Many professionals who use business intelligence (BI) tools agree that data discovery is crucial to an organization’s ability to derive true value from its enterprise information assets.
Data discovery, which is similar to data visualization but with an interactive component, can be supported by many software solutions on the market today, including advanced BI platforms with innovative data visualization capabilities. While enterprises have identified data discovery as a solution they desire for their business professionals on the front lines and IT supporting the business from the back end, many could benefit from envisioning what their true data visualization needs are.
Data discovery defined
Data discovery can be defined as the ability of end users to use a tool to access data from many sources, aggregate and combine subsets of data from these data sources, and analyze them to detect unknown patterns and trends. It’s also a way for an end user to find insights particular to his or her role, perhaps in a search for a pattern that a business intelligence analyst did not have in mind.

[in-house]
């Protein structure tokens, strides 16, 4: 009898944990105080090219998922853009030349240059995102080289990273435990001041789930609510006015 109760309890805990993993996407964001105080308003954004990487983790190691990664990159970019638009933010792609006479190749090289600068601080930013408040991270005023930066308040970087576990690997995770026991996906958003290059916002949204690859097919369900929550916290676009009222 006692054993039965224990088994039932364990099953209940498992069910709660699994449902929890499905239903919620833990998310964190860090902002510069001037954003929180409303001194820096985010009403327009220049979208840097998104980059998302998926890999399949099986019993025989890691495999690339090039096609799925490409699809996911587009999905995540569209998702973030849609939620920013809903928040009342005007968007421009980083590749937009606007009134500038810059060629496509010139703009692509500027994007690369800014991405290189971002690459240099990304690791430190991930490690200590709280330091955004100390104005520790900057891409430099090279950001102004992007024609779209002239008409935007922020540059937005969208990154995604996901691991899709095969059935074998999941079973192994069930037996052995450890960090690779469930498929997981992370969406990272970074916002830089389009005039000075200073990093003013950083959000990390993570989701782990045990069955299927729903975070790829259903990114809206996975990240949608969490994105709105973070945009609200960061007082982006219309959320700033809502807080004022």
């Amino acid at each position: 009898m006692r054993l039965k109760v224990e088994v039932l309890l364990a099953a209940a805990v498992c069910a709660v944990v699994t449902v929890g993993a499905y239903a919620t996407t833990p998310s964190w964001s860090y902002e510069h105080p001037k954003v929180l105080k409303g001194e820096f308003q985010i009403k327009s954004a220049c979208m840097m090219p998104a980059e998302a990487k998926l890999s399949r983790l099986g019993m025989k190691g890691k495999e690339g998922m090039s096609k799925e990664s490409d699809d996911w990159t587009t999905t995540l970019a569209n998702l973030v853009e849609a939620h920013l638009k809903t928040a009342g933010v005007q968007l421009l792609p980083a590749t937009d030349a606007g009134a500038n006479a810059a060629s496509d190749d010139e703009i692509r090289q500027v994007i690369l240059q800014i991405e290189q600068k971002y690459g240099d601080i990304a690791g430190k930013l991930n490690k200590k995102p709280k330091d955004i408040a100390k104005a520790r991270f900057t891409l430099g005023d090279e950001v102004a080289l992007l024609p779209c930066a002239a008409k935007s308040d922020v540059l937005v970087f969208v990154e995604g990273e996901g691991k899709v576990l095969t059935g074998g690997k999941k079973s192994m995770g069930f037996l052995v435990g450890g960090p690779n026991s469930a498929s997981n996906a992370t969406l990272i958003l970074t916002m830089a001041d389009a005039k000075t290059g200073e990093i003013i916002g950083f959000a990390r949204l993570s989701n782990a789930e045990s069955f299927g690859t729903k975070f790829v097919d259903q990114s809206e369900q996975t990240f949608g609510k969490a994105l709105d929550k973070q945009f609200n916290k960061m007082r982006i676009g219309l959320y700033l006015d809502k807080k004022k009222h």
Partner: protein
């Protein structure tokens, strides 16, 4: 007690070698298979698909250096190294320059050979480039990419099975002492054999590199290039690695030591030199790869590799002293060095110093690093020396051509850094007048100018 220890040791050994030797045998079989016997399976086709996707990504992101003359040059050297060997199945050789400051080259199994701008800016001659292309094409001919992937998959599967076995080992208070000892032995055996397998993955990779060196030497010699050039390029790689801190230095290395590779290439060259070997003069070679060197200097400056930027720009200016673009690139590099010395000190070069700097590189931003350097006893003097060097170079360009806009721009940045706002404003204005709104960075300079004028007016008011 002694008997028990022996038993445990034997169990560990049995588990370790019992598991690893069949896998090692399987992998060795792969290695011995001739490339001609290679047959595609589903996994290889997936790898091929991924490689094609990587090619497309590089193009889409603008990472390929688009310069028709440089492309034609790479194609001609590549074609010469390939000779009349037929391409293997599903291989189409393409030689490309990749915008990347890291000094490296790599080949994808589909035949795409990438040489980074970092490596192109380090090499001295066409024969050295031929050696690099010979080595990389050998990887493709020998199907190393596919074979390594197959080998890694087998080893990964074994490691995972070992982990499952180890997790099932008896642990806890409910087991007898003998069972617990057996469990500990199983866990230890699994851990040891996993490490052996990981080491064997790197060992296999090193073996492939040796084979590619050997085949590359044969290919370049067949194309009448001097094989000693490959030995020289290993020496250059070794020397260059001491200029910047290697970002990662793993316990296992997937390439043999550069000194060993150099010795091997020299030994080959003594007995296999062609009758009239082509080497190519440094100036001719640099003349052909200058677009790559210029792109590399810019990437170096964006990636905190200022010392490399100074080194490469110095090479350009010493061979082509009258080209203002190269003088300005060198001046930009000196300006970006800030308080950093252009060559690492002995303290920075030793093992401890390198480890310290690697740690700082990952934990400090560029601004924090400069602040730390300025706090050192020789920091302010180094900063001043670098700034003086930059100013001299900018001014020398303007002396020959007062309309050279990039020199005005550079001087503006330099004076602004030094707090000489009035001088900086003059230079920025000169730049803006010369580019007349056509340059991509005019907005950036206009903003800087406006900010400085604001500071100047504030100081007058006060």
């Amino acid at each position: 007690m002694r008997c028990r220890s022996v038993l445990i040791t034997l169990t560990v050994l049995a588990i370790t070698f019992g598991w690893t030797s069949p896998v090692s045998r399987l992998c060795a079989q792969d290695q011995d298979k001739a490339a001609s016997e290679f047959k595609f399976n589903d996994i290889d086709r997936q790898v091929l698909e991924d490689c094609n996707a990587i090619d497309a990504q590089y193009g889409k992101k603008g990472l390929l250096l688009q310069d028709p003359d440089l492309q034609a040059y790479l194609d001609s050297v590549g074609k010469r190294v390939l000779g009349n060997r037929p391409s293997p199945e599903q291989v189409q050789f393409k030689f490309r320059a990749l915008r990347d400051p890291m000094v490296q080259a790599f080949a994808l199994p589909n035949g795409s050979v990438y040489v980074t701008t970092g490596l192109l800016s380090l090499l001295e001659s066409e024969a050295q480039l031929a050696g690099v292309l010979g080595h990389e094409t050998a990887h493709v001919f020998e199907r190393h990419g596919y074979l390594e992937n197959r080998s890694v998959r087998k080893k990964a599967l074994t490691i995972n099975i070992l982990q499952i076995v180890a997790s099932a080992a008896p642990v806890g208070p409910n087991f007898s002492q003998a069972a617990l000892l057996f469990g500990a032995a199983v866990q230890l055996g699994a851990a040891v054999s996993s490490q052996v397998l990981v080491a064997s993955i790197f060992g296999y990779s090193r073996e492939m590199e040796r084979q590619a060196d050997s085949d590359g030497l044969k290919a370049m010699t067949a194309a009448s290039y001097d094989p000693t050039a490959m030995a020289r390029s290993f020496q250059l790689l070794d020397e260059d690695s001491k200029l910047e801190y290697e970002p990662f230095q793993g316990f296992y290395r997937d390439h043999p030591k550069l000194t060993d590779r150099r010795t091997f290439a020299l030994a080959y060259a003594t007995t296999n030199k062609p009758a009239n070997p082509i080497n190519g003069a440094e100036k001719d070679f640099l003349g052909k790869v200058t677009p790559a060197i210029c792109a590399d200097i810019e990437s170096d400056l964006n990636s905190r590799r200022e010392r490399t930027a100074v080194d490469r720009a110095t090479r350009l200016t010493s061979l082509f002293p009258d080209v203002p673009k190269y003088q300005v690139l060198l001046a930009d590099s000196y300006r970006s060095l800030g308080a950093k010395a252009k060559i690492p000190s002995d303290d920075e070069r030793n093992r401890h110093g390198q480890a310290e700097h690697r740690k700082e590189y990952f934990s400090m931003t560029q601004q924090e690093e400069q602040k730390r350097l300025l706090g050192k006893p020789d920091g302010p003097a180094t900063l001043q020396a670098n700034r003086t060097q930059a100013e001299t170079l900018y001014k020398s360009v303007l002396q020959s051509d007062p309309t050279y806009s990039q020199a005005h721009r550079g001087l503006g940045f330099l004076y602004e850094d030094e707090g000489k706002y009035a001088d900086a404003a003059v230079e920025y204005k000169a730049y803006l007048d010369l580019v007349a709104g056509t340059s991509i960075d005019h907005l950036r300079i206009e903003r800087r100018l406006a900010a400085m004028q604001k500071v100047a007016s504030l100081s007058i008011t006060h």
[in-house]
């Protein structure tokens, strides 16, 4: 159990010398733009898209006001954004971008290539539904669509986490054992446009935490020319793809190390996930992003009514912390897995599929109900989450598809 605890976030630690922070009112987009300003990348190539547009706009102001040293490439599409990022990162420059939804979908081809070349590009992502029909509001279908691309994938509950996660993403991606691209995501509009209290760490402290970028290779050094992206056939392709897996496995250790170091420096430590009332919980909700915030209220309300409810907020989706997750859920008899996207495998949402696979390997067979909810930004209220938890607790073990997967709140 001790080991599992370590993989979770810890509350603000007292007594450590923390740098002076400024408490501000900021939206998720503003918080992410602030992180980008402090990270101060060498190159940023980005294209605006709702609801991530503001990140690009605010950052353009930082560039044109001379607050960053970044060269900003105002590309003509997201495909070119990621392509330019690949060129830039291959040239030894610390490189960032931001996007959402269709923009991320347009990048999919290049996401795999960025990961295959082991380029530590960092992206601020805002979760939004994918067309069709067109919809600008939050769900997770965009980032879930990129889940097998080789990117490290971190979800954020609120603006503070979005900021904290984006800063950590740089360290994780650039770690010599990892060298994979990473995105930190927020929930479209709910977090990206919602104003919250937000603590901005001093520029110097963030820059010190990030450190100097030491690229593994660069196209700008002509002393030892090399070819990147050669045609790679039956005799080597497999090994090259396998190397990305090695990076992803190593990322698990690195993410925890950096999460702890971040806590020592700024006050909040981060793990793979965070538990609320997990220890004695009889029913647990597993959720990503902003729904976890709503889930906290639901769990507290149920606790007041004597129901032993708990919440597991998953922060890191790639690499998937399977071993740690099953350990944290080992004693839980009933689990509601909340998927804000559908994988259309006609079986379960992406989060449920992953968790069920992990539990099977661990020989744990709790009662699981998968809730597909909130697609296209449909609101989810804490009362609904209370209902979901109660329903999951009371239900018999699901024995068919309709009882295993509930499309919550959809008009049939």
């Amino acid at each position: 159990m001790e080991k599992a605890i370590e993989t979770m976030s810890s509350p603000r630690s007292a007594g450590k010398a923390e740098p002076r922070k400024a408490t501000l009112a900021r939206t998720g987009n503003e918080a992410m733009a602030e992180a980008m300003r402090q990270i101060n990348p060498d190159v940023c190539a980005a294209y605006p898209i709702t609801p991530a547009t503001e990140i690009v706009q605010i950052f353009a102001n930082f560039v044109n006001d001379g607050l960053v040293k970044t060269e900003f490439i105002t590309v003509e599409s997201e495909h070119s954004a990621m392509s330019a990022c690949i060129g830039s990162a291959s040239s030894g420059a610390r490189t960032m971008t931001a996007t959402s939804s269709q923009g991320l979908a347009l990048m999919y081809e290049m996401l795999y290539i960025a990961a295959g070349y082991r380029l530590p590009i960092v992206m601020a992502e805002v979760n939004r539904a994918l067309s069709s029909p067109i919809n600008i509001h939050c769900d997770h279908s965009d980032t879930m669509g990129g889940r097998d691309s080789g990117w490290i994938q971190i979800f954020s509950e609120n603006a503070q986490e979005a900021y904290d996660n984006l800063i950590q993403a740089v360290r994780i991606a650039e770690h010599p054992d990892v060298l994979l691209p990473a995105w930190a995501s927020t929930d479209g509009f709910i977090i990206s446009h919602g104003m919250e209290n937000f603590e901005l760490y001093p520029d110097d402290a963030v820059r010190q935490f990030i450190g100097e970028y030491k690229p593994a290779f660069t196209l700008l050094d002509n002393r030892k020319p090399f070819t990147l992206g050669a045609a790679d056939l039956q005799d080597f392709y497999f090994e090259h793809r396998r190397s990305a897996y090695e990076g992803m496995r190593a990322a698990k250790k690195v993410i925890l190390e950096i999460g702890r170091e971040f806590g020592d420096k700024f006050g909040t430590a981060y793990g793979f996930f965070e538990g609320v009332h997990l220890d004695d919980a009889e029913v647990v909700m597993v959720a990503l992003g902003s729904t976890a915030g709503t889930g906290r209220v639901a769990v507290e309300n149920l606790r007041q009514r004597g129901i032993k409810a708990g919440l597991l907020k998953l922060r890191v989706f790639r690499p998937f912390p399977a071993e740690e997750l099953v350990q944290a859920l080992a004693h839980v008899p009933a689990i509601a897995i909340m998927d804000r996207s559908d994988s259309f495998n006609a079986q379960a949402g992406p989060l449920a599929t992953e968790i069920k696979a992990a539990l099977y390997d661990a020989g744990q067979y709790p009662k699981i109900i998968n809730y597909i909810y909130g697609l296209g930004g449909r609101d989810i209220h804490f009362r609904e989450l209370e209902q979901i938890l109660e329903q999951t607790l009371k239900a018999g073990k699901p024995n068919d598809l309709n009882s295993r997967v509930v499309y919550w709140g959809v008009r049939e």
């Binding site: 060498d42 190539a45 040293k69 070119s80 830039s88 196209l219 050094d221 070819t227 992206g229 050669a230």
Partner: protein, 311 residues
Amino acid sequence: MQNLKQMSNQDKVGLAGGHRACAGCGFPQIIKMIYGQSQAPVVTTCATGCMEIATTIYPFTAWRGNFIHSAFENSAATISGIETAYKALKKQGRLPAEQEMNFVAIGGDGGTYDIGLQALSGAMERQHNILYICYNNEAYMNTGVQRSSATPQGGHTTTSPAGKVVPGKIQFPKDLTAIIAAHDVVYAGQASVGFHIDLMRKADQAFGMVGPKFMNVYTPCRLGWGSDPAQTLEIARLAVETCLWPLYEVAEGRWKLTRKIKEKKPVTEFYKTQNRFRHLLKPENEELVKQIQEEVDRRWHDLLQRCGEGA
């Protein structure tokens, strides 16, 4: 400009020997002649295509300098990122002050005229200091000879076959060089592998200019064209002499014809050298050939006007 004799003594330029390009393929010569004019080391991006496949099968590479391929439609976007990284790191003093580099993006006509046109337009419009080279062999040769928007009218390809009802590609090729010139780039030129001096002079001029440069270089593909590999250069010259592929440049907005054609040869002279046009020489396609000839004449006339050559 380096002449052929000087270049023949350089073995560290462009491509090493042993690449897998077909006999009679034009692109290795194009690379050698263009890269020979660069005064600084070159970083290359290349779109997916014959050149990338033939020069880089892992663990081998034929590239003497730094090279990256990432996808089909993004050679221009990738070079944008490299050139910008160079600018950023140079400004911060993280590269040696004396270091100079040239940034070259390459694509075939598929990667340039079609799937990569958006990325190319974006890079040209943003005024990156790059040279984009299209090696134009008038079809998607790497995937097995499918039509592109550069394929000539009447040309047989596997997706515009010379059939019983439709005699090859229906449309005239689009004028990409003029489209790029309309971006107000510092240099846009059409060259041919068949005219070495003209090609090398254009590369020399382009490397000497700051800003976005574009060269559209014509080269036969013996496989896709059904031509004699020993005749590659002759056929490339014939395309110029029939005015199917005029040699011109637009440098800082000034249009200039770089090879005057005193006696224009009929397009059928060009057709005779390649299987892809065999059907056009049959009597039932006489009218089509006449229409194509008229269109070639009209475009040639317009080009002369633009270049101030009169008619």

Data discovery also eliminates the need for end-users to learn complicated tools in order to interact with data, and enables real-time analysis without the need for cubes or pre-built data models.
For companies looking to analyze and integrate massive volumes of raw information generated from and residing in multiple disparate sources, data discovery can enhance the way enterprise data is accessed and exploited for strategic planning.